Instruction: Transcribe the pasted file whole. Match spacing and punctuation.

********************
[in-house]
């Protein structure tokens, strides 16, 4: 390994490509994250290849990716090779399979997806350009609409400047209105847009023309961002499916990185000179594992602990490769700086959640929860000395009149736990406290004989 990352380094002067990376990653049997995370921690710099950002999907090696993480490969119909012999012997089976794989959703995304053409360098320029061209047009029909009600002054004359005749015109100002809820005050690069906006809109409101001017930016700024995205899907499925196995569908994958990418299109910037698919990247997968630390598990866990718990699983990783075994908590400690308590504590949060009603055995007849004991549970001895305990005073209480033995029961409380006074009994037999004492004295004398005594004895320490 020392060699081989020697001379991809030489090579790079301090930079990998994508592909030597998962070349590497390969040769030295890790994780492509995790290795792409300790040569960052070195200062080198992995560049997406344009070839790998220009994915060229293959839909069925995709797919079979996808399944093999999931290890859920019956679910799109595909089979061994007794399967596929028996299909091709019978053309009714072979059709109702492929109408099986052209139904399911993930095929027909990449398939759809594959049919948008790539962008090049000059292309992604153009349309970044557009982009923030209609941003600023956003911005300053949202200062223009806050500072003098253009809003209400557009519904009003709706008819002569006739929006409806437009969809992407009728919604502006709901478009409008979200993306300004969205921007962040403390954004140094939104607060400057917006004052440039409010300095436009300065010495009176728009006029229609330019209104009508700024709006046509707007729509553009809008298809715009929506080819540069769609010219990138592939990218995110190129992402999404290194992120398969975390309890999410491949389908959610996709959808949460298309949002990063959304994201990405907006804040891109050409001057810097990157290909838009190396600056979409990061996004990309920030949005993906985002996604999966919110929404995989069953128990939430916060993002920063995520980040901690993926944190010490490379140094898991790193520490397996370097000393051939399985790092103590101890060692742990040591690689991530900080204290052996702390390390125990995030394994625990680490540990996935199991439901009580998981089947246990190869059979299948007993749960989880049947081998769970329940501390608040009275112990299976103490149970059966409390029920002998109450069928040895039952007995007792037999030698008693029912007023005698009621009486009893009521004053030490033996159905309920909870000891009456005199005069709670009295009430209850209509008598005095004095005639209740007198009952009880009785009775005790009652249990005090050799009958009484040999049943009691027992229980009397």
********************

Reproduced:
[in-house]
């Protein structure tokens, strides 16, 4: 390994490509994250290849990716090779399979997806350009609409400047209105847009023309961002499916990185000179594992602990490769700086959640929860000395009149736990406290004989 990352380094002067990376990653049997995370921690710099950002999907090696993480490969119909012999012997089976794989959703995304053409360098320029061209047009029909009600002054004359005749015109100002809820005050690069906006809109409101001017930016700024995205899907499925196995569908994958990418299109910037698919990247997968630390598990866990718990699983990783075994908590400690308590504590949060009603055995007849004991549970001895305990005073209480033995029961409380006074009994037999004492004295004398005594004895320490 020392060699081989020697001379991809030489090579790079301090930079990998994508592909030597998962070349590497390969040769030295890790994780492509995790290795792409300790040569960052070195200062080198992995560049997406344009070839790998220009994915060229293959839909069925995709797919079979996808399944093999999931290890859920019956679910799109595909089979061994007794399967596929028996299909091709019978053309009714072979059709109702492929109408099986052209139904399911993930095929027909990449398939759809594959049919948008790539962008090049000059292309992604153009349309970044557009982009923030209609941003600023956003911005300053949202200062223009806050500072003098253009809003209400557009519904009003709706008819002569006739929006409806437009969809992407009728919604502006709901478009409008979200993306300004969205921007962040403390954004140094939104607060400057917006004052440039409010300095436009300065010495009176728009006029229609330019209104009508700024709006046509707007729509553009809008298809715009929506080819540069769609010219990138592939990218995110190129992402999404290194992120398969975390309890999410491949389908959610996709959808949460298309949002990063959304994201990405907006804040891109050409001057810097990157290909838009190396600056979409990061996004990309920030949005993906985002996604999966919110929404995989069953128990939430916060993002920063995520980040901690993926944190010490490379140094898991790193520490397996370097000393051939399985790092103590101890060692742990040591690689991530900080204290052996702390390390125990995030394994625990680490540990996935199991439901009580998981089947246990190869059979299948007993749960989880049947081998769970329940501390608040009275112990299976103490149970059966409390029920002998109450069928040895039952007995007792037999030698008693029912007023005698009621009486009893009521004053030490033996159905309920909870000891009456005199005069709670009295009430209850209509008598005095004095005639209740007198009952009880009785009775005790009652249990005090050799009958009484040999049943009691027992229980009397």